Among the allegations are charges of "systematic racial discrimination against Africans" working at the World Health Organization in Geneva. Director-General Tedros Adhanom Ghebreyesus ordered a probe last year.
A series of anonymous emails that circulated within the UN World Health Organization (WHO) has triggered an investigation into "allegations of misconduct," the agency said Thursday.
The allegations depict the WHO as an organization rife with racism, sexism and corruption. As a result, WHO Director-General Tedros Adhanom Ghebreyesus ordered an internal oversight office to carry out a probe.
Tedros, a former health minister of Ethiopia and WHO's first African director-general, did not speak about the details of the allegations. WHO stressed that since he took office in 2017, he had "championed openness, transparency and diversity".
The UN agency is "working consistently to increase geographical diversity and improve gender balance at all levels as part of its ongoing transformation process," an organization statement added.
'Systematic racial discrimination'
WHO spokeswoman Sarah Russell confirmed that the investigation was officially opened last year.
The first email was sent in April 2018 and in it, the anonymous writer claimed that "systematic racial discrimination against Africans" existed at WHO. The writer said that African staffers were being "abused, sworn at (and) shown contempt to" by their colleagues in Geneva.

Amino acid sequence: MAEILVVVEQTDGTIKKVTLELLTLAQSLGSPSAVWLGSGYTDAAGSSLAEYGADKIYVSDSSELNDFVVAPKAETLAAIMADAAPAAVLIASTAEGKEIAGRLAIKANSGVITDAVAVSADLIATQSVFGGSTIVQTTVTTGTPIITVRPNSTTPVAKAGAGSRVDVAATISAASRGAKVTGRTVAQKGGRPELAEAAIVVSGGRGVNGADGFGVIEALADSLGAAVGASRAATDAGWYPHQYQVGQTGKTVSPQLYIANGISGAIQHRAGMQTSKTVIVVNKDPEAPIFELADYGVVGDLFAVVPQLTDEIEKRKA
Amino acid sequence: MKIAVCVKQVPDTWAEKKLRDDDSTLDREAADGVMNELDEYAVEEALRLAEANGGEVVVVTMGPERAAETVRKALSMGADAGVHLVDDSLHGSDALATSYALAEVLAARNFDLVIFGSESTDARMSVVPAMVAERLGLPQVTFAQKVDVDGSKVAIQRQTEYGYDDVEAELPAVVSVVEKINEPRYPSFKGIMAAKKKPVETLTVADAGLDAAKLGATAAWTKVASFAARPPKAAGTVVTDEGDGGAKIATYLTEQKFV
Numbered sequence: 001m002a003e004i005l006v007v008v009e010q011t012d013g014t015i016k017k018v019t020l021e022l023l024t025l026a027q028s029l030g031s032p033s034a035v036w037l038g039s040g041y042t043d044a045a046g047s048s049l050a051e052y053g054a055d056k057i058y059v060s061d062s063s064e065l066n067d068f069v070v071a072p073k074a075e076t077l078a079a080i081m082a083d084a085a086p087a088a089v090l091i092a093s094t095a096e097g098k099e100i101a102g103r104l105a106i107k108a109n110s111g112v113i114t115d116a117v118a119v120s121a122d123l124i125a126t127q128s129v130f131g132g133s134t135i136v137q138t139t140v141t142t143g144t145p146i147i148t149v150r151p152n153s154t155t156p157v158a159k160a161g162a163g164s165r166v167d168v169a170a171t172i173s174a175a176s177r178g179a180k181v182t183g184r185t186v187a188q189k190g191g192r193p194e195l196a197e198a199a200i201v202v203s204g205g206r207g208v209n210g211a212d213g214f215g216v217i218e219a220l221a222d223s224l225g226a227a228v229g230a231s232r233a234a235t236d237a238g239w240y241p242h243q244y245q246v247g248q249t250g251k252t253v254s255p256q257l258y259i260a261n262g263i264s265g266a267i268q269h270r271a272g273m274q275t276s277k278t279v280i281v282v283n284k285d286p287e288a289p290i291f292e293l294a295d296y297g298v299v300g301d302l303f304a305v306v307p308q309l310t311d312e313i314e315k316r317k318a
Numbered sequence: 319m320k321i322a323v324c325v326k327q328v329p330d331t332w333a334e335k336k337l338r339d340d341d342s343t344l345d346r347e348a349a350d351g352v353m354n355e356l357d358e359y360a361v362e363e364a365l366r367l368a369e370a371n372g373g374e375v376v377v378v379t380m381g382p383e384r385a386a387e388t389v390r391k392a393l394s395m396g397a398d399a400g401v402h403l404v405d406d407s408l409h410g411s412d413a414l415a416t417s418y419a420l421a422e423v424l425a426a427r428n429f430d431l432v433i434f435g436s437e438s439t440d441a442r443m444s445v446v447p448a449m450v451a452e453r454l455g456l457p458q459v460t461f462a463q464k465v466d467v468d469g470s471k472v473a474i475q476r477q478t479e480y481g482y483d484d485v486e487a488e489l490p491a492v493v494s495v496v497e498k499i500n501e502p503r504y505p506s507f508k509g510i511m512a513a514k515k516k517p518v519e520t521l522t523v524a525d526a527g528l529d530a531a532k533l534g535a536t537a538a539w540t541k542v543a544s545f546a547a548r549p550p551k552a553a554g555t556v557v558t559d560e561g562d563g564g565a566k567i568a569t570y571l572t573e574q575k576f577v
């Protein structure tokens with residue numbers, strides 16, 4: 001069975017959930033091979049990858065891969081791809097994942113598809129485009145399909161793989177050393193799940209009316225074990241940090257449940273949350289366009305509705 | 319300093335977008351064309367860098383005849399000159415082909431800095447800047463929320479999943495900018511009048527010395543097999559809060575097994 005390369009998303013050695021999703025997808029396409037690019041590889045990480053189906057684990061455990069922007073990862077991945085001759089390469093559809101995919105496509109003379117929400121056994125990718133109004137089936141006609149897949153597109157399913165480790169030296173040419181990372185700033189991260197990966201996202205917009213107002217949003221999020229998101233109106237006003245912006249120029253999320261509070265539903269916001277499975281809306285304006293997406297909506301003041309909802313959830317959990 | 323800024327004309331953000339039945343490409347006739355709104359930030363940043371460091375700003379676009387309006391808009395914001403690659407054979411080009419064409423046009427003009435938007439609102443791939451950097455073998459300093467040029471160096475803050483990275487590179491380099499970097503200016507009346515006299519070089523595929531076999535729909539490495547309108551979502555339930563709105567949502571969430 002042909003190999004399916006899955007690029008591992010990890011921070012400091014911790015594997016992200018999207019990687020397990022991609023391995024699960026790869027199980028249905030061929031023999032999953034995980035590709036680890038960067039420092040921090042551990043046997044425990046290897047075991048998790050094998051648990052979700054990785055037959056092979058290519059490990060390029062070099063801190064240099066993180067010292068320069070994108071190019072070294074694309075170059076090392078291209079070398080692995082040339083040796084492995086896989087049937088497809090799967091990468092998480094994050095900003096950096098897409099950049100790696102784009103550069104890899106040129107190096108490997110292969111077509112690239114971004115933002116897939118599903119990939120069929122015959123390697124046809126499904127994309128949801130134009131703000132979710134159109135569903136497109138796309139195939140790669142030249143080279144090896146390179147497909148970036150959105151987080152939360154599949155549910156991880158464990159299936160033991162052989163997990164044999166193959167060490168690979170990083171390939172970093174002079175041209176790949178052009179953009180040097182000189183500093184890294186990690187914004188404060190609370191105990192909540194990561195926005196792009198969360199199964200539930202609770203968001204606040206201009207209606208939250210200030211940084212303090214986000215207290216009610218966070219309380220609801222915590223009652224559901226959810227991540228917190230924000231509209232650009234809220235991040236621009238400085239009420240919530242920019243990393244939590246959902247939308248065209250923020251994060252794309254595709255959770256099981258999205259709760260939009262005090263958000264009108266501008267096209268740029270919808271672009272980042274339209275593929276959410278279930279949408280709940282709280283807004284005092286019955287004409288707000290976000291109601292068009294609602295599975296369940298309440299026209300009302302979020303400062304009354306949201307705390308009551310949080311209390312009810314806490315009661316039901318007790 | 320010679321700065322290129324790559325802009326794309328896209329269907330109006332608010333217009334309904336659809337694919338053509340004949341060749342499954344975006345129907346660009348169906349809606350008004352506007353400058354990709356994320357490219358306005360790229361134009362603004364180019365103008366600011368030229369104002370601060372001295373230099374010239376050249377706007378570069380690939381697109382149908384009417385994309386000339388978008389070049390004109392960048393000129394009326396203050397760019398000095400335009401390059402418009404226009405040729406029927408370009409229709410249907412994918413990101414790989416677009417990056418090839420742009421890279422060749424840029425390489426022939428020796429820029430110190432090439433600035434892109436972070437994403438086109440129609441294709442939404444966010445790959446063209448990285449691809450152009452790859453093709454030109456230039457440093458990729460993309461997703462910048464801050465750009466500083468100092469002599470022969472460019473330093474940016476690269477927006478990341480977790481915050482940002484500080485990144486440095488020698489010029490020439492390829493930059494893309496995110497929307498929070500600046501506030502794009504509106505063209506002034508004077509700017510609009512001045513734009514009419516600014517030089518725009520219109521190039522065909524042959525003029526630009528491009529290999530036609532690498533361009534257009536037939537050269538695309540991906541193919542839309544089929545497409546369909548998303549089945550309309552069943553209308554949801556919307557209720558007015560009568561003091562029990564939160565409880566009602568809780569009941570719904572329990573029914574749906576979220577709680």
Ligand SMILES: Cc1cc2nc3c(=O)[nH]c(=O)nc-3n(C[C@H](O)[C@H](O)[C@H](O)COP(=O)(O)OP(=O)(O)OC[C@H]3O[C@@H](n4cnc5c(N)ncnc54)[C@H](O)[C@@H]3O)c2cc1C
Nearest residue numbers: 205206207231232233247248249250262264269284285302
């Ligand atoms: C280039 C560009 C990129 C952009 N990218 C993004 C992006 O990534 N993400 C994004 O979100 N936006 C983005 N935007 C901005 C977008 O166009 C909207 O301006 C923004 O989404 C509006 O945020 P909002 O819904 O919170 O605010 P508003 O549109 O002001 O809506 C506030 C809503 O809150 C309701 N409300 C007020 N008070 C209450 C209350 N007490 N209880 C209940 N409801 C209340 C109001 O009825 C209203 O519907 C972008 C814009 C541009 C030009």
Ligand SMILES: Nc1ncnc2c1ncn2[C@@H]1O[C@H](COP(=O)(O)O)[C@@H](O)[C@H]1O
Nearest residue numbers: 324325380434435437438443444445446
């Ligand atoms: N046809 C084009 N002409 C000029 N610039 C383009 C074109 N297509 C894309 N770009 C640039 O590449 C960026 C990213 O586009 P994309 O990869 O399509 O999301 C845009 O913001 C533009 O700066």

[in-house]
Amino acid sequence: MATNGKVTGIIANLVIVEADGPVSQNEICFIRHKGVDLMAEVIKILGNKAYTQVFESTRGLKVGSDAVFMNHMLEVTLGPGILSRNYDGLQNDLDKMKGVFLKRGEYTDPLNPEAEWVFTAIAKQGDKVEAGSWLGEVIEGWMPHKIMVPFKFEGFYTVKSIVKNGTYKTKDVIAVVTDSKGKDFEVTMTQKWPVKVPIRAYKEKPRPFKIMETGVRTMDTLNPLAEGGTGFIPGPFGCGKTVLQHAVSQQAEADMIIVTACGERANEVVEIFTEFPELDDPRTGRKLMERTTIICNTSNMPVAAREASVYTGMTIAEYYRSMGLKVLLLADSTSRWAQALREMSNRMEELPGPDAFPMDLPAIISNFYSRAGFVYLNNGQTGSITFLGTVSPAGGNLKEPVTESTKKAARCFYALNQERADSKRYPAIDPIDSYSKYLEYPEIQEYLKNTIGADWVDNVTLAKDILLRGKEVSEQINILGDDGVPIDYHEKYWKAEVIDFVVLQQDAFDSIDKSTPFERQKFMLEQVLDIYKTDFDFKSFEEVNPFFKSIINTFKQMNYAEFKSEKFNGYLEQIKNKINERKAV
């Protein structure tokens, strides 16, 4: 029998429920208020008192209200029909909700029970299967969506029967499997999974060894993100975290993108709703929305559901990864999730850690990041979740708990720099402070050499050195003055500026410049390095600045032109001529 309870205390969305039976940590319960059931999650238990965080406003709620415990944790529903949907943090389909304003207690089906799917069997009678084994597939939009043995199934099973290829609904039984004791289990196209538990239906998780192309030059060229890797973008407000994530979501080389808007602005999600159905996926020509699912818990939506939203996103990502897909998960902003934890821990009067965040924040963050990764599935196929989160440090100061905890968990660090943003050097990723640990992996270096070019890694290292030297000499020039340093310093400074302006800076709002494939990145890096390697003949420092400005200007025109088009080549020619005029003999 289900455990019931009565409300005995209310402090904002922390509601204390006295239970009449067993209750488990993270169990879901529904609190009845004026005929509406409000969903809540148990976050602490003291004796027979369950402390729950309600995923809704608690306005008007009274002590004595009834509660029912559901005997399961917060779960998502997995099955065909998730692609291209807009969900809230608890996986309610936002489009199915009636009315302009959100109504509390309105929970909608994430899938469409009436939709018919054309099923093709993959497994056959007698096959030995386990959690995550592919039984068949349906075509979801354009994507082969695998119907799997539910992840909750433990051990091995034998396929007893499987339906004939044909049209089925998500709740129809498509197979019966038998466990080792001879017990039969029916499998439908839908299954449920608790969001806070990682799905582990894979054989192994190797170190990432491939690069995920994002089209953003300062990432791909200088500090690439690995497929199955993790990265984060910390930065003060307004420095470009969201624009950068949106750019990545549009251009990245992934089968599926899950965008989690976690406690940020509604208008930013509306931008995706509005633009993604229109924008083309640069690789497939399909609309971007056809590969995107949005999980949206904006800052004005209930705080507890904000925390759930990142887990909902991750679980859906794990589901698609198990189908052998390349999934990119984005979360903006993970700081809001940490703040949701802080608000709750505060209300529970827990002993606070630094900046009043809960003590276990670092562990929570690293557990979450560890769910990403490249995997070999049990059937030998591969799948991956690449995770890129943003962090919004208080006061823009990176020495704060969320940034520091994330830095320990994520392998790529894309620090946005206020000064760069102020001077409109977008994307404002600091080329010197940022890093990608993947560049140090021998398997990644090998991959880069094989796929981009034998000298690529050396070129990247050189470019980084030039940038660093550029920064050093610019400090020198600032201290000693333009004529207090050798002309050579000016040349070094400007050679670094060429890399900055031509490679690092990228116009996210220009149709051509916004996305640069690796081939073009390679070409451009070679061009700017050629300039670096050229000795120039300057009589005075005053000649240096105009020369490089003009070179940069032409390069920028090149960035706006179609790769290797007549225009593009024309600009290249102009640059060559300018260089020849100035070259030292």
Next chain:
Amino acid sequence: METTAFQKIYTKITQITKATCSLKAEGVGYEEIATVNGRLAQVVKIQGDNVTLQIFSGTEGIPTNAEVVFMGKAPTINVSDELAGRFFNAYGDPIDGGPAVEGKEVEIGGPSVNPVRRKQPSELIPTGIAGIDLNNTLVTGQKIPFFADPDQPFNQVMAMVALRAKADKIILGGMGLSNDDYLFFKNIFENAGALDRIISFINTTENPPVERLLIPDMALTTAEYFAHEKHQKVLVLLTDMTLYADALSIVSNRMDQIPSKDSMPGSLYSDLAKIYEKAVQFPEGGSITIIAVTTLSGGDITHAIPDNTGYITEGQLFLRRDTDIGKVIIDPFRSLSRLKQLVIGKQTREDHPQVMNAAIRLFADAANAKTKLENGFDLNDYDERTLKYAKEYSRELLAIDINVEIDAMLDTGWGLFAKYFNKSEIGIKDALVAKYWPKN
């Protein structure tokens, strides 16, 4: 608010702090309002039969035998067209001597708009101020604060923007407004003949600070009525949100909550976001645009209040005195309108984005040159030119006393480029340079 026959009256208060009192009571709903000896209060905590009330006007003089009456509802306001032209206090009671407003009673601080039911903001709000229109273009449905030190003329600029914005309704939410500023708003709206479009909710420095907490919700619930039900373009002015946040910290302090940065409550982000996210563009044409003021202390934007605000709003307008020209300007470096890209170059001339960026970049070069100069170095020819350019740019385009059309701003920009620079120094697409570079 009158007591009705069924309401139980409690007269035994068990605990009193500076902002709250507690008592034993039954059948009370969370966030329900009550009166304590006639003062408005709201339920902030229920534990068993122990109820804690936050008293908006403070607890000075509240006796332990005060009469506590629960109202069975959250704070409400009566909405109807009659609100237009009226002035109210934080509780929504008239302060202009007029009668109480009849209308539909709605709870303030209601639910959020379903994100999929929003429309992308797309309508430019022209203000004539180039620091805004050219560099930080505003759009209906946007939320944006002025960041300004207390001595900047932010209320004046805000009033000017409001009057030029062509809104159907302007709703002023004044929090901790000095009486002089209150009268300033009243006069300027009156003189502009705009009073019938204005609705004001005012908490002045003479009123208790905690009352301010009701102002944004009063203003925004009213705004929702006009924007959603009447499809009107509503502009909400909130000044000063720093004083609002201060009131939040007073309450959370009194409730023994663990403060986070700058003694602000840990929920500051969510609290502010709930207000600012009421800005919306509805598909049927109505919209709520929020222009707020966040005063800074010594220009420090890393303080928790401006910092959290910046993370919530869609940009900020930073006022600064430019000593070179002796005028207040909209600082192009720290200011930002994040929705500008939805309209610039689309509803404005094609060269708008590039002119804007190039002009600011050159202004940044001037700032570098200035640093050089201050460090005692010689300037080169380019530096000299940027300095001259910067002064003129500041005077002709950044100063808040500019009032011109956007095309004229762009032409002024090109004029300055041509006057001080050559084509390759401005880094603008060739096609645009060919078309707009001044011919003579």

Two other emails addressed to WHO directors denounced senior officials for "attempting to stifle" investigations into such problems and alleged other instances of wrongdoing, including reportedly misspent Ebola funds.
The last email was sent in December and it detailed the behavior of a senior doctor helping to lead the response against Ebola as "unacceptable, unprofessional and racist," citing a November incident at a meeting where the doctor reportedly "humiliated, disgraced and belittled" a subordinate from the Middle East.
Additionally, the anonymous writer also alleged that "crooked recruitment and selection" processes existed within the organization that were "tantamount to fraud, corruption and abuse of authority."
Tedros denied the claims that WHO's hiring policies are skewed and argued that his top management team was more geographically diverse and gender-balanced than any other UN organization.
"There is change already happening," he said during the December staff meeting, according to an audio recording provided to the Associated Press news agency.
The controversy surrounding WHO and its subsequent investigation come after other UN agencies have been rocked by harassment complaints.
At the Joint United Nations Program on HIV/AIDS (UNAIDS), chief Michel Sidibe agreed to step down after an independent report concluded in December that his "defective leadership" had created a toxic working environment, with staffers asserting there was rampant sexual harassment, bullying and abuse of power.
jcg/sms (AP, AFP)